Argentina's white torrontés grape is thought to have come from Spain © Il21/Shutterstock
5. Get a taste of the gaucho way of life
Argentina's vast plains are the spiritual home of the country's gauchos. Visitors can tap into life on horseback with a stay in a traditional estancia. With the greatest concentration in Buenos Aires Province, above all around San Antonio de Areco in the north and Cañuelas and Lobos in the south, many estancias take in paying guests. This can be either for a día de campo, during which visitors take part in outdoor activities, such as horseriding or polo class with hearty meals included, or for an overnight stay in one of the often luxurious rooms.
Gauchos ride across the Pampas in Argentina © sunsinger/Shutterstock
6. Look into the Devil’s Throat
Spanning the border with Brazil in the northeastern corner of the country, Iguazú’s claim to the title of the world’s most spectacular waterfall has few serious contenders. The vast majority of the Iguazú Falls lie within Argentina’s Parque Nacional Iguazú. A well-planned system of trails and walkways takes around and even behind the torrents of water – most notably to the Garganta del Diablo, or “Devil’s Throat”.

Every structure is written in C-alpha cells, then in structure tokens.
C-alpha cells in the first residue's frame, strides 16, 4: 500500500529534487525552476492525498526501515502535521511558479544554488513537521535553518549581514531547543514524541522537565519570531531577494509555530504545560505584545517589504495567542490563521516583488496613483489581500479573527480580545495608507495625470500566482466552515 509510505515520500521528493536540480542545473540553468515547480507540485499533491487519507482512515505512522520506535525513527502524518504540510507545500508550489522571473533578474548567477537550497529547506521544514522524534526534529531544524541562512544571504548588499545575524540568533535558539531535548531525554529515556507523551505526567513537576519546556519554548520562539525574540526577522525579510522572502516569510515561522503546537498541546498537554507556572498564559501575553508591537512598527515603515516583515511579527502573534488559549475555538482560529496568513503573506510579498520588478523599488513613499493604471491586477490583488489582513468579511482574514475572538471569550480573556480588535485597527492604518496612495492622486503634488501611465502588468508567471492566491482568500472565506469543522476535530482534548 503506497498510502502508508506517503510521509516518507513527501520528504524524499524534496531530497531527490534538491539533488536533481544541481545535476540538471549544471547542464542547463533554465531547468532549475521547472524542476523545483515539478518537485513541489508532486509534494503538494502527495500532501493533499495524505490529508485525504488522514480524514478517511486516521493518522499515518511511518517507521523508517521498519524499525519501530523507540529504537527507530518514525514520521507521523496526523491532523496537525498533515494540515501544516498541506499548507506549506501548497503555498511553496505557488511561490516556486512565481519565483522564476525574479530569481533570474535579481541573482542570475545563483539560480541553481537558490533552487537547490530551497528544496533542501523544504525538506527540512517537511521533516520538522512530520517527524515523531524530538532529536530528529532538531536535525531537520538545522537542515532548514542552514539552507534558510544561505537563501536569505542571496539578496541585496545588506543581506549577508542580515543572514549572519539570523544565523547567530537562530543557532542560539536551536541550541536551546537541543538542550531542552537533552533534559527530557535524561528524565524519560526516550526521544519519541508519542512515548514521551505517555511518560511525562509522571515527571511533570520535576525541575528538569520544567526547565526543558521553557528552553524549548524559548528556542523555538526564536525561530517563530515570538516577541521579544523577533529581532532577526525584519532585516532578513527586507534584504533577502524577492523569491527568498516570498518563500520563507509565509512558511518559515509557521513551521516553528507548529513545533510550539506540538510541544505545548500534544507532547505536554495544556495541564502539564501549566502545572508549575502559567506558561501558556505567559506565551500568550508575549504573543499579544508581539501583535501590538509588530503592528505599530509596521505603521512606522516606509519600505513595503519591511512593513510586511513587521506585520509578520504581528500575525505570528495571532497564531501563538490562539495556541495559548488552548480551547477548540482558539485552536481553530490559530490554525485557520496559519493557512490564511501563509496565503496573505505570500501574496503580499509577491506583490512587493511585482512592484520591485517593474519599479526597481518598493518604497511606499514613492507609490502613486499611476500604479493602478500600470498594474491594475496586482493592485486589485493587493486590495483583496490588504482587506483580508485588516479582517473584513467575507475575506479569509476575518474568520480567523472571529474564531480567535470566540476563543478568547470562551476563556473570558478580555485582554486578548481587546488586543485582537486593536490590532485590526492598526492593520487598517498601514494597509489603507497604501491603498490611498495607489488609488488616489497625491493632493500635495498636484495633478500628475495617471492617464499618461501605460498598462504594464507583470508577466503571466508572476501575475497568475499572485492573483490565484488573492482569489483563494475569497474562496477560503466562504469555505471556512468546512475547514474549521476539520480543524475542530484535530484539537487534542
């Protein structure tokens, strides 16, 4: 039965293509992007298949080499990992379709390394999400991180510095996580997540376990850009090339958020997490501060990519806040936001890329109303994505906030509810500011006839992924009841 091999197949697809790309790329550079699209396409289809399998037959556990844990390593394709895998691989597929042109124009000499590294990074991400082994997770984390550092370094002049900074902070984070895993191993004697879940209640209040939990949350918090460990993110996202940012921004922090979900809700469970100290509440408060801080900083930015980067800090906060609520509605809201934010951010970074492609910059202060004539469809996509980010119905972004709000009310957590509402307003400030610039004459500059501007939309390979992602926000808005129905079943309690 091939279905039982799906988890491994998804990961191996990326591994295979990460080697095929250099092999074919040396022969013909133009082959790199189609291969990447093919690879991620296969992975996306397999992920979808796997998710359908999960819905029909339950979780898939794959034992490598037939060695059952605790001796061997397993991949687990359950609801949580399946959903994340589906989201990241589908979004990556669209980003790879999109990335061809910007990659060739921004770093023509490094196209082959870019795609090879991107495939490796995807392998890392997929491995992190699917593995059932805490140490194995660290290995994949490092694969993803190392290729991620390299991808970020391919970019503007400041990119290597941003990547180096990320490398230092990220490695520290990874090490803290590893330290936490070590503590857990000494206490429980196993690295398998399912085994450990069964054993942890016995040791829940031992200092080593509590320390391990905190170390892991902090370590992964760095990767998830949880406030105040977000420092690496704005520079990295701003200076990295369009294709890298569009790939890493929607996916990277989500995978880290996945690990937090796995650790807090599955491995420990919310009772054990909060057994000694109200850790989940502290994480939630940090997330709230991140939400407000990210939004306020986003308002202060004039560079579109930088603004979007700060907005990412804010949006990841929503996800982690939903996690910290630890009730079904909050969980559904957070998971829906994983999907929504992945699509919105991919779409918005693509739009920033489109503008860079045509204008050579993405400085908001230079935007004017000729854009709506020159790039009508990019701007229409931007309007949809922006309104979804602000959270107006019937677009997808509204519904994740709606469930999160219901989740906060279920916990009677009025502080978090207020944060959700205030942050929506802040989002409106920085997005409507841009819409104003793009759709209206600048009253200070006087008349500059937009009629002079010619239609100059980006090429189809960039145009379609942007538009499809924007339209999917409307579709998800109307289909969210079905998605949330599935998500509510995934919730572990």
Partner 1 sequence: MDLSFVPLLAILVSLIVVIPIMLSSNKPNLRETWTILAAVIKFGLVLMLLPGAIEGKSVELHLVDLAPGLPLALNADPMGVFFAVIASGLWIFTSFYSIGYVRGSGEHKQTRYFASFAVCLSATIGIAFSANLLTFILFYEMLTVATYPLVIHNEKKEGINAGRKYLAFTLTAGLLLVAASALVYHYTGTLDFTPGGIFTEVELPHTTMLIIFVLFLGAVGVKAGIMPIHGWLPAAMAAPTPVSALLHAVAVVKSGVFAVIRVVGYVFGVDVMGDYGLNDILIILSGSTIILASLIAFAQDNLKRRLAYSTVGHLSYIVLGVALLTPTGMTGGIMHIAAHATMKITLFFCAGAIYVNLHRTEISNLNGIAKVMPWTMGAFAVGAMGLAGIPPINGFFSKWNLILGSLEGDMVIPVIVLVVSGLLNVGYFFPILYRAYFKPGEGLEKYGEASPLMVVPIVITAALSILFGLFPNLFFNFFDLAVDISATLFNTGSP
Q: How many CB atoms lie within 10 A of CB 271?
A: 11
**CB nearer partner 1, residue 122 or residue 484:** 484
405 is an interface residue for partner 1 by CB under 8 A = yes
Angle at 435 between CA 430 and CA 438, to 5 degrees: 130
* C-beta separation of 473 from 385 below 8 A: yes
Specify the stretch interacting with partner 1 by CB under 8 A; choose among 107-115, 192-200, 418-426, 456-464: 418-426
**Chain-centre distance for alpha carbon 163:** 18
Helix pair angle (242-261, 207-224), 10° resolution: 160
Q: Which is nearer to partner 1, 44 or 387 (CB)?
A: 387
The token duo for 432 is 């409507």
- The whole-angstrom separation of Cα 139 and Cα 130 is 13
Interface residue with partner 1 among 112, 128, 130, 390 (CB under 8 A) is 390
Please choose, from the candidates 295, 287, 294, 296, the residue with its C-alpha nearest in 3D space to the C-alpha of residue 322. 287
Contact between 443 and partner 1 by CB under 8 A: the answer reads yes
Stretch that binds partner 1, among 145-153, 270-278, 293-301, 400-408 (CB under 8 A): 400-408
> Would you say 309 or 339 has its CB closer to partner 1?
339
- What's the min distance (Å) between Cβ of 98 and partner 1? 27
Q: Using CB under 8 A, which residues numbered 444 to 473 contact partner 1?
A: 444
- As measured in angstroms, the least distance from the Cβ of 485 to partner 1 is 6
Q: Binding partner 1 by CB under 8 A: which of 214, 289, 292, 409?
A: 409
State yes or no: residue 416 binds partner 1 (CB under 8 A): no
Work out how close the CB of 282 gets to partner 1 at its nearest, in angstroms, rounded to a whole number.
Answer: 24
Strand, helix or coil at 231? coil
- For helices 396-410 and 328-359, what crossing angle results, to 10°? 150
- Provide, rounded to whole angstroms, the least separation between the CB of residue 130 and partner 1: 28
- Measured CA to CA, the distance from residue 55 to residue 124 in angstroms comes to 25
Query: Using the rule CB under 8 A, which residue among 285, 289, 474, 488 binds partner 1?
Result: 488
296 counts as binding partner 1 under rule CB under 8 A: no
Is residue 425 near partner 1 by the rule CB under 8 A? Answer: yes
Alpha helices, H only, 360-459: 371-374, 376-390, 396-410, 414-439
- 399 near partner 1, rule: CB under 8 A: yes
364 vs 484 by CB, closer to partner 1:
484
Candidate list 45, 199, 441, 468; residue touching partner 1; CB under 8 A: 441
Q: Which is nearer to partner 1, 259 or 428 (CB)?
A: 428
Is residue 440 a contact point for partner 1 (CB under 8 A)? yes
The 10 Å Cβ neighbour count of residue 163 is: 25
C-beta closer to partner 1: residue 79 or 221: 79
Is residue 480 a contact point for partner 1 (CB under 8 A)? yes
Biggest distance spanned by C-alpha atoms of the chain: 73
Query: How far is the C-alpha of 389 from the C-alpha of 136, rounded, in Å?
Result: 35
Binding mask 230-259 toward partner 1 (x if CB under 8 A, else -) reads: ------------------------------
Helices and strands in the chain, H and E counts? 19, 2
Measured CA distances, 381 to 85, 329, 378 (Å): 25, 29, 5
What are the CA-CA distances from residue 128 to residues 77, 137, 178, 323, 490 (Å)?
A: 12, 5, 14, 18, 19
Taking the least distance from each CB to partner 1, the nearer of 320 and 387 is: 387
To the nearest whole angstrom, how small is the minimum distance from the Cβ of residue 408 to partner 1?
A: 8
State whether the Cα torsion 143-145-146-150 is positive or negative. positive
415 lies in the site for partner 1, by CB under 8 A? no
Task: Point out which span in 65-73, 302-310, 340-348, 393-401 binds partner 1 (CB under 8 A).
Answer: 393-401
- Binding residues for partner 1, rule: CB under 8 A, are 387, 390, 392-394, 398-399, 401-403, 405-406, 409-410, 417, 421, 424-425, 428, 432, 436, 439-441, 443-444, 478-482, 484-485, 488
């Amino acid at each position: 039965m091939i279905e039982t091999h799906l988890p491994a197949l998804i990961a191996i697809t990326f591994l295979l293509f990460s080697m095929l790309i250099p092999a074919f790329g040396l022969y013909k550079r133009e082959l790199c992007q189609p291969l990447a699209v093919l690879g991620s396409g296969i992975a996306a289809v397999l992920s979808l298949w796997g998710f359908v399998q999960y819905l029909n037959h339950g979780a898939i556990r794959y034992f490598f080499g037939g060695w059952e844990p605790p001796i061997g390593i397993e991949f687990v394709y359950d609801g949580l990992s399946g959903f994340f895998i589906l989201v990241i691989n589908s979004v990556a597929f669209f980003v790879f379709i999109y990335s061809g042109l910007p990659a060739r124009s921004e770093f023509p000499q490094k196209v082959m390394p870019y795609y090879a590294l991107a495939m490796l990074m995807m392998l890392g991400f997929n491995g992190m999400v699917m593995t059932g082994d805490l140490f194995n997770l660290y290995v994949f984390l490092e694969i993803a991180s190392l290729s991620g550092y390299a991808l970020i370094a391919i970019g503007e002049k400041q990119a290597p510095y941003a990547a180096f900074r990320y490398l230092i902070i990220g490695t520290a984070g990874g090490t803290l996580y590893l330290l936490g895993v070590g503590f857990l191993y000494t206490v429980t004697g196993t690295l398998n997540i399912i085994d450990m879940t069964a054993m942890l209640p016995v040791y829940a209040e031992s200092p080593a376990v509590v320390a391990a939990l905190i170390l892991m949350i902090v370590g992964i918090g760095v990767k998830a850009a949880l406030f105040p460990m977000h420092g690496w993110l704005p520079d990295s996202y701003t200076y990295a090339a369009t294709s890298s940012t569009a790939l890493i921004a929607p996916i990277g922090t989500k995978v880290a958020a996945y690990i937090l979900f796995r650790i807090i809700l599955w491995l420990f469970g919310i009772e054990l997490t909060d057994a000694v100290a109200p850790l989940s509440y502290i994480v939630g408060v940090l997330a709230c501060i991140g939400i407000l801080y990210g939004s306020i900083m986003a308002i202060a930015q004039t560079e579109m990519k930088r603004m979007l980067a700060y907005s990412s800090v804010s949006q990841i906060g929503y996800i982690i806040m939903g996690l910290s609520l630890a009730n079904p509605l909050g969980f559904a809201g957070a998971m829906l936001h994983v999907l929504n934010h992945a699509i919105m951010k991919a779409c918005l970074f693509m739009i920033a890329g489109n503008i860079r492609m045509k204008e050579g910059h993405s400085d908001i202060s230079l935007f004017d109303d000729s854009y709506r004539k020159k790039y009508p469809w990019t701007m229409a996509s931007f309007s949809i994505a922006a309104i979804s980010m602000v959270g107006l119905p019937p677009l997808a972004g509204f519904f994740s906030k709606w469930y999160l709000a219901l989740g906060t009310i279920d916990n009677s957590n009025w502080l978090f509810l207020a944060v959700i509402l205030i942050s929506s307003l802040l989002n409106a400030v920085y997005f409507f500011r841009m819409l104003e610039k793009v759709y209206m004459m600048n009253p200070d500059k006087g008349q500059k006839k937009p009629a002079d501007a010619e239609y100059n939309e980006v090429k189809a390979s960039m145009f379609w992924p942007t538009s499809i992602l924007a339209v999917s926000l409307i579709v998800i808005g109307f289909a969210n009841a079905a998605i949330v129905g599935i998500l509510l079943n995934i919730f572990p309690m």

The Iguazu Falls, one of the world's most spectacular waterfalls © Det-anan/Shutterstock
7. Drive along Ruta 40
Like Route 66 in the US, Argentina’s Ruta 40 – the country’s longest highway, running from Patagonia's southern tip to the Bolivian border – has a legendary status. Highlights along this epic 5,224km route include the Cueva de los Manos Pintadas (a cave complex decorated with ten-thousand-year-old depictions of hands), the pristine scenery of the Lake District, the polychrome mountains of La Rioja Province and the poncho weaving of the highland village of Belén.
Argentina's Ruta 40 spans the length of the country© kavram/Shutterstock
8. Meet the ancestors
With a fascinating European heritage, exploring cultural connection is one of the most popular things to do in Argentina for visitors. You can enjoy cakes in the Welsh teahouses of Gaiman and Trevelin or wander through the colourful Genoese barrio of Boca. Then, sup locally brewed beer in the Germanic towns Villa General Belgrano or Bariloche.
Bariloche cathedral in Patagonia © nicolasdecorte/Shutterstock
9. Hike in the Patagonian Andes
The northern sector of Parque Nacional Los Glaciares is a trekking paradise. It contains some of the most breathtakingly beautiful mountain peaks on Earth, including Monte Fitz Roy. One of its main attractions is that those with limited time, or who are not in peak fitness, can still make worthwhile day-hikes using El Chaltén as a base.
Hiking Monte Fitz Roy in Argentina © Olga Danylenko/Shutterstock
10. Climb South America’s highest peak